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[Editorial] Fixed on labor side

Additional overtime work system at risk of being banned from next year

In Korea, the workweek is 52 hours. Many workers work 40 hours a week. Overtime work cannot exceed 12 hours a week.

Only small businesses with 29 or fewer employees can add eight hours of overtime work a week if labor and management agree to do so.

The additional overtime system was introduced in 2018 to ease a chronic shortage of workers at small businesses. It is a sunset provision set to expire at the end of this year.

Considering the difficulties small businesses will face after the provision expires, the Yoon Suk-yeol administration proposed a bill to extend the system by two years to the end of 2024.

But the majority opposition Democratic Party of Korea is not in favor of the extension of the additional overtime system. It says that the bill goes against the purpose of the 52-hour workweek introduced by the administration of President Moon Jae-in when it was the ruling party.

It refuses to submit the government plan to the bill deliberation subcommittee of the Environment and Labor Committee of the National Assembly.

The regular session of the parliament will end on Dec. 9, so it is unlikely that the bill will be processed before the end of this year.

If the amendment falls through, it will be illegal from next year to add eight hours of overtime a week.

If additional overtime work is banned, small businesses will have to hire more workers when they have extra work to do. But most of them cannot afford to do so. For them, it would be affordable to pay additional overtime rather than to increase employment.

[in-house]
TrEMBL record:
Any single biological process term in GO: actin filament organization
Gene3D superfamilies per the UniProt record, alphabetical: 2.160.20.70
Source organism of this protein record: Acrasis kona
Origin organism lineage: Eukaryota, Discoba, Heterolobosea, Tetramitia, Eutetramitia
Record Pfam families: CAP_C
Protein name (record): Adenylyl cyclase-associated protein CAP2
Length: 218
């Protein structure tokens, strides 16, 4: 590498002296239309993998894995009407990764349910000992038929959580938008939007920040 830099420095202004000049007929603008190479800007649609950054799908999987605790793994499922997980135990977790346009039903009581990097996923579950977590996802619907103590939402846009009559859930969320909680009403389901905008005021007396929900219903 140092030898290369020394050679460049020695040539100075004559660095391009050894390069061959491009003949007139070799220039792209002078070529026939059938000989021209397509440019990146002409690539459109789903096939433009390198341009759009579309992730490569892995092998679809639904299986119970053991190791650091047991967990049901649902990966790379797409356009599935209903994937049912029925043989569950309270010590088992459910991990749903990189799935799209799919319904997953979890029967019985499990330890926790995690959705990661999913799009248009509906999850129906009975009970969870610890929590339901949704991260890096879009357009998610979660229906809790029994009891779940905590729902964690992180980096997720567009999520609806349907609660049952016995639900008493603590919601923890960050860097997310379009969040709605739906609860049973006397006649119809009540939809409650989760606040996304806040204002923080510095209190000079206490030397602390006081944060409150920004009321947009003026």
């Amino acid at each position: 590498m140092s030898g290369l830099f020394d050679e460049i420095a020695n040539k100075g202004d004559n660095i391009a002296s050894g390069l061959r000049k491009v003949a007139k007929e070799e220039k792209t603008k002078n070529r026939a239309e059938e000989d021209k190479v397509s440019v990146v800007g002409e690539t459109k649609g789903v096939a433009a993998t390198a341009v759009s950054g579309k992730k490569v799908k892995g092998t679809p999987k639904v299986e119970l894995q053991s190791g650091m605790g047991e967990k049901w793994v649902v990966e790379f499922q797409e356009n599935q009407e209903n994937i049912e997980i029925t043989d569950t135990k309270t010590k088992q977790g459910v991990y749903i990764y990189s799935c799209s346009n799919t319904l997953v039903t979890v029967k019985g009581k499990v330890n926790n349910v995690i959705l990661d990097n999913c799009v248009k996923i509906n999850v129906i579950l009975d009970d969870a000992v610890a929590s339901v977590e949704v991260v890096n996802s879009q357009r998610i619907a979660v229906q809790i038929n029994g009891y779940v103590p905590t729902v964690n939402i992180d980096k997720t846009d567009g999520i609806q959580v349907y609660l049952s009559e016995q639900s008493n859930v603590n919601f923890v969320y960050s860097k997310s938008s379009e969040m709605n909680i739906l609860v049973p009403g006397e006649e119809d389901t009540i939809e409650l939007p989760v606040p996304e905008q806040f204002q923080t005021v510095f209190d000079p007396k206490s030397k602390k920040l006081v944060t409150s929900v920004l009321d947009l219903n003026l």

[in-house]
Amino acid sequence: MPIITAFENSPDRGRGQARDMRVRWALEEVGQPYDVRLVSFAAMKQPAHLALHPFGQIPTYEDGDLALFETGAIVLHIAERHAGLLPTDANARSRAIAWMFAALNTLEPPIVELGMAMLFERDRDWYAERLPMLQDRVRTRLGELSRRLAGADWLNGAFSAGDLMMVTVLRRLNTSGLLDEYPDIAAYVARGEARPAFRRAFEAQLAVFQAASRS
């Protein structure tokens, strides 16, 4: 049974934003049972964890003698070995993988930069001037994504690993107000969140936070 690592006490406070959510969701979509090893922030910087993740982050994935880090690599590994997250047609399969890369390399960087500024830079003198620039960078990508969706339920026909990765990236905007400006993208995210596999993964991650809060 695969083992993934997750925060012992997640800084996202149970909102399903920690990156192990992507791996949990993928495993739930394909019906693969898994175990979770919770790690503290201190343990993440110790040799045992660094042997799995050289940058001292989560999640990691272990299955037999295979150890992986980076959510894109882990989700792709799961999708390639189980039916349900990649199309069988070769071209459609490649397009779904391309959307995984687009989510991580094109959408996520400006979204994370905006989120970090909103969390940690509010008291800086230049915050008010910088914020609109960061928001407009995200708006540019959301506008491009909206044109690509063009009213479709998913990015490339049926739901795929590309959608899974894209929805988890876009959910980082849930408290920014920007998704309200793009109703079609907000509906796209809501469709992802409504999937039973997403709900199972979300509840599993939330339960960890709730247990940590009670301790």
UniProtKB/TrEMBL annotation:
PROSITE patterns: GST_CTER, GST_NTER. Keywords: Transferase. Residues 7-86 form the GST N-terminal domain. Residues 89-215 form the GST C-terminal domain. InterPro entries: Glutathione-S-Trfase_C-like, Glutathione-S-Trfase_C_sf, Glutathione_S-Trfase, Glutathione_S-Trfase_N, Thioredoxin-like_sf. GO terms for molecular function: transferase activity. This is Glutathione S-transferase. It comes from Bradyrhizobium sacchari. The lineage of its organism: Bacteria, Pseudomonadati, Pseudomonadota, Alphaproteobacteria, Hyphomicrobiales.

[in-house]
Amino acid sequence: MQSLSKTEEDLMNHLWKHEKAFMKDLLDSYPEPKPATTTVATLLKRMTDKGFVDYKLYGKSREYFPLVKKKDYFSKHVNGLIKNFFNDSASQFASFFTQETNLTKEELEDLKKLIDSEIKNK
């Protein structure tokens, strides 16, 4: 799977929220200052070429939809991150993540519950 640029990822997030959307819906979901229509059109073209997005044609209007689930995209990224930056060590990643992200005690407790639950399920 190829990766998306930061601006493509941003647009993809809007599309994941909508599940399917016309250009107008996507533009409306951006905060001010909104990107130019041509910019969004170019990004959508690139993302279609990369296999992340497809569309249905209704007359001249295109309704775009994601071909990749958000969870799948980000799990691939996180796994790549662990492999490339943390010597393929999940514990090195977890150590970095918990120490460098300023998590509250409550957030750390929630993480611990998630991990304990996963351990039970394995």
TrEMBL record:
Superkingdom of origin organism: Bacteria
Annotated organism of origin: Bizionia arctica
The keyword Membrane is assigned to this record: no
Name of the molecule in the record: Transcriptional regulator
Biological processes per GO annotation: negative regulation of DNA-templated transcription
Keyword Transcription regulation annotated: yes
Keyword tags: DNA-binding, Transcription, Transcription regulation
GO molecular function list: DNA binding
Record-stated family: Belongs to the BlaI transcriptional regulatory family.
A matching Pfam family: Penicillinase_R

Small businesses complain that if additional overtime work is not allowed, they may fail to meet delivery dates when orders rush in temporarily so they may lose customers.

Furthermore, some small business workers want to earn more by working more overtime. It is reasonable to give them a choice to do so.

Sixteen trade groups representing small and medium-sized businesses on Monday appealed to the National Assembly to process the bill.

But the Democratic Party has turned a deaf ear to them.

The party says it places top priority on the livelihoods of the working class, but it acts differently.

Meanwhile, it is pushing an amendment to the Labor Union Act, called the "yellow envelope bill" and a bill that perpetuates the "safe freight rates system" for cargo trucks.

The majority party introduced the yellow envelope bill to the bill deliberation subcommittee of the Environment and Labor Committee.

The amendment exempts workers and unions from the liability of compensating businesses for damage caused by their illegal strikes.

Six business lobbies on Monday appealed to lawmakers to stop deliberating the bill that is likely to incite illegal strikes, but the party continues to not listen.

On the back of its large majority, the Democratic Party unilaterally presented the bill on the freight rates system to the bill deliberation subcommittee of the Land, Infrastructure and Transport Committee.

The system was introduced as a three-year sunset provision to guarantee the minimum shipping charge for the sake of safe driving. It is set to be terminated at the end of this year. The system is a sort of special favor for cargo truckers, but it is questionable if the system actually contributed to the safety of drivers. The Korean Confederation of Trade Unions and Cargo Truckers Solidarity are currently holding a strike demanding the perpetuation of the system.

Though their strike is causing huge losses to the national economy, the Democratic Party is turning a blind eye to it and is pushing the bills the labor group wants to be enacted. The party is doing so probably because the confederation is one of its important support bases.

Also, the party opposes government plans to reduce corporate taxes and business inheritance taxes. They argue that the plans only benefit the rich.

The Democratic Party seems to be determined to harass businesses. It won't budge a bit from the labor side.

By Korea Herald (